Gaudiello did not come into the day with a game plan, but after the first round he started to mold a strategy.

“Coming into today I did not have a strategy, but once I found out the rules my strategy was to just chill in the corner,” said Gaudiello. “I have always liked shooting from the corner and i figured just staying in one spot would save me a lot of time to shoot.”

Gaudiello knows that schoolbooks don’t come cheap these days, so he plans to put his awarded credit towards buying books, and maybe some new Springfield College gear.

“I plan on probably getting textbooks,” he said. “Maybe a nice t-shirt, I will have to see what they have over there.”

In the championship round for the women it was a close battle until the end, but Taylor Kane was able to pull ahead before the final buzzer sounded to pick up the win and the $125 store credit.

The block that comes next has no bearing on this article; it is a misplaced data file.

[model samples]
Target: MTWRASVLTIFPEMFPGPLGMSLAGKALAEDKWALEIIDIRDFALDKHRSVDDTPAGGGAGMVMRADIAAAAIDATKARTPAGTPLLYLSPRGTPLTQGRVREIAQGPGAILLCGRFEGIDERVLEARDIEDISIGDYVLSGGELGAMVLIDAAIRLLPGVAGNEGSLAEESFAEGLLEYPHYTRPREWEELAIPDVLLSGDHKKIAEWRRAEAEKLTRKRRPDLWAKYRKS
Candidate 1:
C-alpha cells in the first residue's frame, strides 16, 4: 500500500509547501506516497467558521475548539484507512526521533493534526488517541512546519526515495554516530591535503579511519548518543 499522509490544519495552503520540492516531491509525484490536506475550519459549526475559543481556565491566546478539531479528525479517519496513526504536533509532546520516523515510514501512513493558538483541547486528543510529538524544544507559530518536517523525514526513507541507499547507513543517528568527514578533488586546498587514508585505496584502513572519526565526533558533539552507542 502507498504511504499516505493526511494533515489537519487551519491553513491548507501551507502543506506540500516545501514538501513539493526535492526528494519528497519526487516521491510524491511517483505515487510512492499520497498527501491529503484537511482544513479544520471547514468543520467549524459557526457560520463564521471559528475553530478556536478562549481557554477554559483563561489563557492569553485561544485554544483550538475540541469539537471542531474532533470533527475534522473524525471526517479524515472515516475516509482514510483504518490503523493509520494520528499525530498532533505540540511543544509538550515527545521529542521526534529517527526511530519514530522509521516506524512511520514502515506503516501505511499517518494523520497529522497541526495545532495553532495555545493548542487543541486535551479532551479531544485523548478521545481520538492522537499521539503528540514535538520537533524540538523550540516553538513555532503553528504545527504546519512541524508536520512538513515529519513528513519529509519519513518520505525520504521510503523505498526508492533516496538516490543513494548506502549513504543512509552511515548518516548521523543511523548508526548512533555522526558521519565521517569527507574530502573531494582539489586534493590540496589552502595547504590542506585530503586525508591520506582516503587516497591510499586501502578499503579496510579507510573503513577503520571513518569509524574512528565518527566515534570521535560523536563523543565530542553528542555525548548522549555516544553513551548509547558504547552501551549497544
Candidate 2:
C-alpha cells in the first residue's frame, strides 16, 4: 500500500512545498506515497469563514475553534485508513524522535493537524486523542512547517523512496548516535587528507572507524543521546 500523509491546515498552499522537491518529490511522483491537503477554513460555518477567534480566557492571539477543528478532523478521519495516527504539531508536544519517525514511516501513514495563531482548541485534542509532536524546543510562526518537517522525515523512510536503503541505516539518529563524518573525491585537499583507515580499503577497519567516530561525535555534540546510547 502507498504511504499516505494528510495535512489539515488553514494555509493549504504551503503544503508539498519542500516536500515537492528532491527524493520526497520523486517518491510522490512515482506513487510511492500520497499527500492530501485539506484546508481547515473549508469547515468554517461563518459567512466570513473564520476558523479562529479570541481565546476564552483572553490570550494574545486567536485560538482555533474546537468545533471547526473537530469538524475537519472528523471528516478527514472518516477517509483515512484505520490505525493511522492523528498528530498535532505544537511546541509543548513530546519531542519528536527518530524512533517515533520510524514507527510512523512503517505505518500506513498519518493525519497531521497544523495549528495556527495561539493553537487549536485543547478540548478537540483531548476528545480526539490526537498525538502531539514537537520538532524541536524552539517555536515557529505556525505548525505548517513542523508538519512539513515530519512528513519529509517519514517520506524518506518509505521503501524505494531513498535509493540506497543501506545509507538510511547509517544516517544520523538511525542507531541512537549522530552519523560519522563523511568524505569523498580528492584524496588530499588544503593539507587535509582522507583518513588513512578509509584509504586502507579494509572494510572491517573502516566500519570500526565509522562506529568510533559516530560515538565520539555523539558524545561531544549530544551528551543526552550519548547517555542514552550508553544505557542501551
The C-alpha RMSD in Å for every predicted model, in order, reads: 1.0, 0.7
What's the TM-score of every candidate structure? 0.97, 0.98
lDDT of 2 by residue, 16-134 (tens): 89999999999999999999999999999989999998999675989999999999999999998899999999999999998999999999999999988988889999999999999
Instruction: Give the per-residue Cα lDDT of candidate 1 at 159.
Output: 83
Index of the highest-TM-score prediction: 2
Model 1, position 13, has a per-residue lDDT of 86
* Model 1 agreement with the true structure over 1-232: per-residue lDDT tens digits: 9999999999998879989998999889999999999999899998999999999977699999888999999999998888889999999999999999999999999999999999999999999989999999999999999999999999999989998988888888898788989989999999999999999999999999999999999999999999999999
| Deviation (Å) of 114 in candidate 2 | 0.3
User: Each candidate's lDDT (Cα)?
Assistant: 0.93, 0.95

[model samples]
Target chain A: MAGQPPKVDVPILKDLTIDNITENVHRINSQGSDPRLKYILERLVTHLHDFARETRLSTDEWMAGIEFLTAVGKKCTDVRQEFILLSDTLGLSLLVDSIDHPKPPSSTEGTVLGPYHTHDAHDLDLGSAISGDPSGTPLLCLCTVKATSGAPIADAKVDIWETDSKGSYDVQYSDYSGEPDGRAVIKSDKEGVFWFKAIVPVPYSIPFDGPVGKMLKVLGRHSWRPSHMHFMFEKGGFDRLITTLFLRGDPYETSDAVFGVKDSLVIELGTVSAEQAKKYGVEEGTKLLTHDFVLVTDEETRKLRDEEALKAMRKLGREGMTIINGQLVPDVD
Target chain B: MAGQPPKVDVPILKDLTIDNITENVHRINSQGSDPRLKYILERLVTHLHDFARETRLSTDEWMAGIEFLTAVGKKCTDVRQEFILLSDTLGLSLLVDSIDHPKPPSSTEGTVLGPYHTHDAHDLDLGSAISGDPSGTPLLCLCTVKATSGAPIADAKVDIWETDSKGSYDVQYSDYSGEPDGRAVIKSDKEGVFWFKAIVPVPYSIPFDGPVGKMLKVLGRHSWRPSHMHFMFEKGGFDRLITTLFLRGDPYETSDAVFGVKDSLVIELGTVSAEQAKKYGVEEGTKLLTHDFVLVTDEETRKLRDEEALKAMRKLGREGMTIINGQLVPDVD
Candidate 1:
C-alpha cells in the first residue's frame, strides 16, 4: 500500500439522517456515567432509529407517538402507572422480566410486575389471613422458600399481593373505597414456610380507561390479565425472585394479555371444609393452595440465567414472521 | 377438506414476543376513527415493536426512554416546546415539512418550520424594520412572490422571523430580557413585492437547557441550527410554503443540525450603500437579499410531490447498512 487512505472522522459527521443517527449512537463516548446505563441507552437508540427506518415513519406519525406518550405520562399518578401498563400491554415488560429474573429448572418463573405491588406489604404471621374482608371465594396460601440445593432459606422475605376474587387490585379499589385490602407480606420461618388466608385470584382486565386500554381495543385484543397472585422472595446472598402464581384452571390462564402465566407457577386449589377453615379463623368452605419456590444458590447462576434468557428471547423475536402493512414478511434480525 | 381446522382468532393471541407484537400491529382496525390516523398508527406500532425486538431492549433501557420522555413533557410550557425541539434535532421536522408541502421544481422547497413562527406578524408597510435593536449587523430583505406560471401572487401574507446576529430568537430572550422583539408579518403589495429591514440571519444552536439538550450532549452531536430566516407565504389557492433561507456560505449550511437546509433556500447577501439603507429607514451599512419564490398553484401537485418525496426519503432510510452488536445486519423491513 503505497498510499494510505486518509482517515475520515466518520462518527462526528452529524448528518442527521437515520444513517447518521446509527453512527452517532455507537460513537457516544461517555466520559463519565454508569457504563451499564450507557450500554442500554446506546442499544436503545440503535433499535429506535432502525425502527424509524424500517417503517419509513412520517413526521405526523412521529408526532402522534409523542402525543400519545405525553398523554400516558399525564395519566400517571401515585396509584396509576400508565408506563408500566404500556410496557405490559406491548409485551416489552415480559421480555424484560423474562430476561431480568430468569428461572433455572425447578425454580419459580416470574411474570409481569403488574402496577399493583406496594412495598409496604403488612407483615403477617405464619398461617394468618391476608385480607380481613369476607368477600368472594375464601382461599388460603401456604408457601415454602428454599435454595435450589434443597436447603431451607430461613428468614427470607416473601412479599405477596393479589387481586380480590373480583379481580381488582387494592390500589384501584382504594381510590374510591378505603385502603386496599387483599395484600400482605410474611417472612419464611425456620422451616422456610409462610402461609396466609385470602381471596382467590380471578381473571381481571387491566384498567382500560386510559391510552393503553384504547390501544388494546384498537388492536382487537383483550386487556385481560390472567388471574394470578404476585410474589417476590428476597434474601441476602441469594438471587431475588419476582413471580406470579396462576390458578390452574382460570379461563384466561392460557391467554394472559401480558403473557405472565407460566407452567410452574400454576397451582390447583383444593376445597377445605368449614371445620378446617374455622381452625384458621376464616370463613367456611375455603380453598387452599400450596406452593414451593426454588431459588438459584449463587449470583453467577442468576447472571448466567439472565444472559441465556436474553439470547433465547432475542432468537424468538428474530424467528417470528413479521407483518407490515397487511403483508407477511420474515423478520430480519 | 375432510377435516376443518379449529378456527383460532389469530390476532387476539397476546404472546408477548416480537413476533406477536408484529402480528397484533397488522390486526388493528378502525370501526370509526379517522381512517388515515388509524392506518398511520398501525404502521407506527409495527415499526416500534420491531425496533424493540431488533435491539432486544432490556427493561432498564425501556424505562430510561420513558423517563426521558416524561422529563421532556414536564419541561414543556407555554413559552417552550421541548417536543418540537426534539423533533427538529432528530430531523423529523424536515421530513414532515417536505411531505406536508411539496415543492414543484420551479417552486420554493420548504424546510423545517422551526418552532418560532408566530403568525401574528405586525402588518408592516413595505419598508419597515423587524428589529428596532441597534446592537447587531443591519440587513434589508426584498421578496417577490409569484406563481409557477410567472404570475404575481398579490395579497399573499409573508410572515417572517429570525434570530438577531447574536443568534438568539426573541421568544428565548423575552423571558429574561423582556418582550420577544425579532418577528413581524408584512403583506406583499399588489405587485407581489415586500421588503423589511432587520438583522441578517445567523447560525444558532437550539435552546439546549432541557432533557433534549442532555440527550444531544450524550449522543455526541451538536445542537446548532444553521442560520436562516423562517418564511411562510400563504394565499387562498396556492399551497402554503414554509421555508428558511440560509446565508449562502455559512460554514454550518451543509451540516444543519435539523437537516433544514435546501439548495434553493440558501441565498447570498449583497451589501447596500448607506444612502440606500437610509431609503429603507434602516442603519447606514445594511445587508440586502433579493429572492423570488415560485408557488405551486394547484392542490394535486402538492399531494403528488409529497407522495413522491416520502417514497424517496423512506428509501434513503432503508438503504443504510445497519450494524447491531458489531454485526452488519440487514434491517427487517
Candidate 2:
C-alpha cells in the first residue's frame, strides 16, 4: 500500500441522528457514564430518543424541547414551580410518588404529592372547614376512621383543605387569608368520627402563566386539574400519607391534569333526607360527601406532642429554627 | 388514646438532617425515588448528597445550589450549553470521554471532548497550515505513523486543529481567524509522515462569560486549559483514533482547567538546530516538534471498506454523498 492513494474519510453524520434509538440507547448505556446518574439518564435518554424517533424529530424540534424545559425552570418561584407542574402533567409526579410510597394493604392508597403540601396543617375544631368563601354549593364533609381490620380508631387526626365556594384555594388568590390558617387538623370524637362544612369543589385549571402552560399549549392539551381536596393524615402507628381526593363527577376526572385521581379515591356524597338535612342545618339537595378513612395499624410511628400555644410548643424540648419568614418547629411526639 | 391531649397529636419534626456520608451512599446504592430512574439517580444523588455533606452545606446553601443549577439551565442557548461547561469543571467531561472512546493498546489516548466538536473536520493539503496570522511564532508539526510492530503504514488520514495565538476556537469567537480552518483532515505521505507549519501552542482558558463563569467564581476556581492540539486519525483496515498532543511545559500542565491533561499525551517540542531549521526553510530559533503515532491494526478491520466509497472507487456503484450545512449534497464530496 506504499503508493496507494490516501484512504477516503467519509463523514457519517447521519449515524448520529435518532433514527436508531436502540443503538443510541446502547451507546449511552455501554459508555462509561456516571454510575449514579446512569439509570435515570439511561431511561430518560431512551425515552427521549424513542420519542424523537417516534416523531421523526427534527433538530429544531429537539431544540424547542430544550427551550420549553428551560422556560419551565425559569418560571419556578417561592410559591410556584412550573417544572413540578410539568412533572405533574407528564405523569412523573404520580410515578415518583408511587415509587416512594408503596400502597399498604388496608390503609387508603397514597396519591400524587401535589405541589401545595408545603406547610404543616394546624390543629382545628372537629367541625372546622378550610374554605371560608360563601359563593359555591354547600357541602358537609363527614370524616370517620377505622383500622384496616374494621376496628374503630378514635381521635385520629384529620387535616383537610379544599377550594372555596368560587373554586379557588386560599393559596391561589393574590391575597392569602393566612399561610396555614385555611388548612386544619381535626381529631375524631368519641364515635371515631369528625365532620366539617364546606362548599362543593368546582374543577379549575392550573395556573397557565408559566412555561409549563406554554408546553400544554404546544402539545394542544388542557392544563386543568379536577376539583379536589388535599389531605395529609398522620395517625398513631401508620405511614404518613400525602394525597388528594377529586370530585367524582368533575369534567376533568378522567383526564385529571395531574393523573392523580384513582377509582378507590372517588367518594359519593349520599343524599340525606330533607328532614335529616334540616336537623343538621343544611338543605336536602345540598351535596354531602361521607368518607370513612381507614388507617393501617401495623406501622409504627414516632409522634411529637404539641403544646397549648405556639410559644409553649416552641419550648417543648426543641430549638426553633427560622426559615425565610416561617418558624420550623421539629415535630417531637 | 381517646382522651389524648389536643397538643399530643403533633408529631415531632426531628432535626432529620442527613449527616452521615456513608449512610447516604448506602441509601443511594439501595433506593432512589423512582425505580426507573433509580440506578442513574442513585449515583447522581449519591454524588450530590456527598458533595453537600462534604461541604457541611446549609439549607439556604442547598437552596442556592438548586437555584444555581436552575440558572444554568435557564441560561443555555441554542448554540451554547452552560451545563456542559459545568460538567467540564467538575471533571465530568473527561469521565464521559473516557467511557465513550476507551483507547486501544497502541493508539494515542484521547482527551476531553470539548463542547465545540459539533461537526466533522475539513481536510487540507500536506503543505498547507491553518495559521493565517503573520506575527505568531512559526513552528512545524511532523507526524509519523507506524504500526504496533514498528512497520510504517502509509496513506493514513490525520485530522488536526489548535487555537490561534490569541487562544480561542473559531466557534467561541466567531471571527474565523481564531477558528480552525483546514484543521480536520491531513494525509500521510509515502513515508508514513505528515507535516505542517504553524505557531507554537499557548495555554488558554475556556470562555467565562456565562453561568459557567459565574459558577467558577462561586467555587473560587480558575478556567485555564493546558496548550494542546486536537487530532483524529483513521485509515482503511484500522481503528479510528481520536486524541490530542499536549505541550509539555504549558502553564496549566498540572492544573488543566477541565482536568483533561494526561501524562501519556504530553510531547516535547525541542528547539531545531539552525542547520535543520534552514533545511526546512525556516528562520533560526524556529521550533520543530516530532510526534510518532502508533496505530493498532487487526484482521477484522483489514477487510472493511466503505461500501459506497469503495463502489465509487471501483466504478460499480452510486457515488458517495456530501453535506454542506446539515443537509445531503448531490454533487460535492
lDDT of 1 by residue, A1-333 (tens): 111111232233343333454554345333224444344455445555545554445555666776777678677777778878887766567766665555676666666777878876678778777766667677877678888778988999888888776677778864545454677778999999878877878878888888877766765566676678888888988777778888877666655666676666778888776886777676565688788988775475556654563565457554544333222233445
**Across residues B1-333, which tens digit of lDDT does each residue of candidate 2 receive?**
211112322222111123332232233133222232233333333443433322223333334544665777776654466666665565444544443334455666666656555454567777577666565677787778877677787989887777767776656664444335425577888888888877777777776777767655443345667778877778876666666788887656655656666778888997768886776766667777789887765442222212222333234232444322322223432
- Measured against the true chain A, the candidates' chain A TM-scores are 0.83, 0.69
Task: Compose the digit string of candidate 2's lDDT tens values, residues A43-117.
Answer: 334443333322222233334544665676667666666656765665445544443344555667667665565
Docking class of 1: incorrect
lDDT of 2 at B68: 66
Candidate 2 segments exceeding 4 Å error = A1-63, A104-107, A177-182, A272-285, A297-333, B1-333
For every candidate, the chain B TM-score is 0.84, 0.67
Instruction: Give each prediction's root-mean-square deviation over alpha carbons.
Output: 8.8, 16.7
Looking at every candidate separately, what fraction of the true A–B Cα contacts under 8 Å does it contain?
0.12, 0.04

Kane did not go into the competition with a strategy either, she won on pure talent.

“I did not get to warm up so I was really nervous,” she said. “I just went for it and it ended well.”

Kane and Germano came into the shootout as competitors, but friends as well. The two of them made an agreement that benefitted both of them if either of them won the final round.

“I’m buying my best friend Alyssa something,” she said. “She competed with me and we made a deal that if one of us won then we would buy the other one something. I will also potentially do some Christmas shopping.”

Next up was the men’s alumni game. Competitor’s ages ranged from the class of 2016 to the class of 1991. It was a back and forth battle for both halves. Although it was merely an exhibition game between friends, there were still some highly competitive moments throughout the game, just a sign that everyone still had the hunger for competition. The Maroon team trailed for most of the game, but with under ten seconds remaining, the Maroon team pulled ahead on a highly contested layup and held on for the victory.